Researchers have developed a nano-neuron with the ability to recognise numbers spoken by different individuals, with 99.6% accuracy.
Researchers from the Joint Physics Unit CNRS/Thales, the Nanosciences and Nanotechnologies Centre (CNRS/Université Paris Sud), in collaboration with American and Japanese researchers, have developed the world’s first artificial nano-neuron with the ability to recognise numbers spoken by different individuals. Just like the recent development of electronic synapses described in a Nature article, this electronic nano-neuron is a breakthrough in artificial intelligence and its potential applications.
The latest artificial intelligence algorithms are able to recognise visual and vocal cues with high levels of performance. But running these programs on conventional computers uses 10 000 times more energy than the human brain. To reduce electricity consumption, a new type of computer is needed. It is inspired by the human brain and comprises vast numbers of miniaturised neurons and synapses. Until now, however, it had not been possible to produce a stable enough artificial nano-neuron which would process the information reliably.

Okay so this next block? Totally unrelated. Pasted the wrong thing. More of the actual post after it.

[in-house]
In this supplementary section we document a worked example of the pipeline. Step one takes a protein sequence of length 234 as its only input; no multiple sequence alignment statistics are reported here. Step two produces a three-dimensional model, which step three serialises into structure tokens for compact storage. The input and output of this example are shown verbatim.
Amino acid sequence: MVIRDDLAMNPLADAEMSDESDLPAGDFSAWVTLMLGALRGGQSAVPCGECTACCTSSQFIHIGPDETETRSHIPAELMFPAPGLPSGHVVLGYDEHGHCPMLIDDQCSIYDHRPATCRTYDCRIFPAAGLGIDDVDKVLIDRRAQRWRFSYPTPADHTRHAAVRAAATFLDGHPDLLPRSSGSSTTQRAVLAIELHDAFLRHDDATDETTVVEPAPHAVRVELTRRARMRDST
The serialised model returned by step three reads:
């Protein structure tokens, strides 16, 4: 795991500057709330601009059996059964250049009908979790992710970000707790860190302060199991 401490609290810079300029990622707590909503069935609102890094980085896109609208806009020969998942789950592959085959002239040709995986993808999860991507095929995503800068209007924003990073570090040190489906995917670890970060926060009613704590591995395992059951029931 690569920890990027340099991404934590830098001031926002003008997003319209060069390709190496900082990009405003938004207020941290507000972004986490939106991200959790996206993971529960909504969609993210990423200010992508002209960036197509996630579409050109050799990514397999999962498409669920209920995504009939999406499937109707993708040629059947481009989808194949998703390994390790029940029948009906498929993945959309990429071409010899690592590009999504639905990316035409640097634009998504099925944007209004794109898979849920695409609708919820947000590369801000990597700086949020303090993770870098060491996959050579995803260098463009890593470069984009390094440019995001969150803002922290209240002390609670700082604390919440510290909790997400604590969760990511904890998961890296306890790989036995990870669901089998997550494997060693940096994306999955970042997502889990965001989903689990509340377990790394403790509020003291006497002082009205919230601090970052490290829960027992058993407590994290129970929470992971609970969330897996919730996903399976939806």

Today, for the first time, researchers have developed a nano-neuron with the ability to recognise numbers spoken by different individuals, with 99.6% accuracy. This breakthrough relied on the use of an exceptionally stable magnetic oscillator. Each gyration of this nanocompass generates an electrical output, which effectively imitates the electrical impulses produced by biological neurons.
In the next few years, these magnetic nano-neurons could be interconnected via artificial synapses, such as those recently developed, for real-time big data analytics and classification.
The project is a collaborative initiative between fundamental research laboratories and applied research partners. The long-term goal is to produce extremely energy-efficient miniaturised chips with the intelligence needed to learn from and adapt to the constantly ever-changing and ambiguous situations of the real world. These electronic chips will have many practical applications, such as providing smart guidance to robots or autonomous vehicles, helping doctors in their diagnoses and improving medical prostheses. This project included researchers from the Joint Physics Unit CNRS/Thales, the AIST, the CNS-NIST, and the Nanosciences and Nanotechnologies Centre (CNRS/Université Paris-Sud).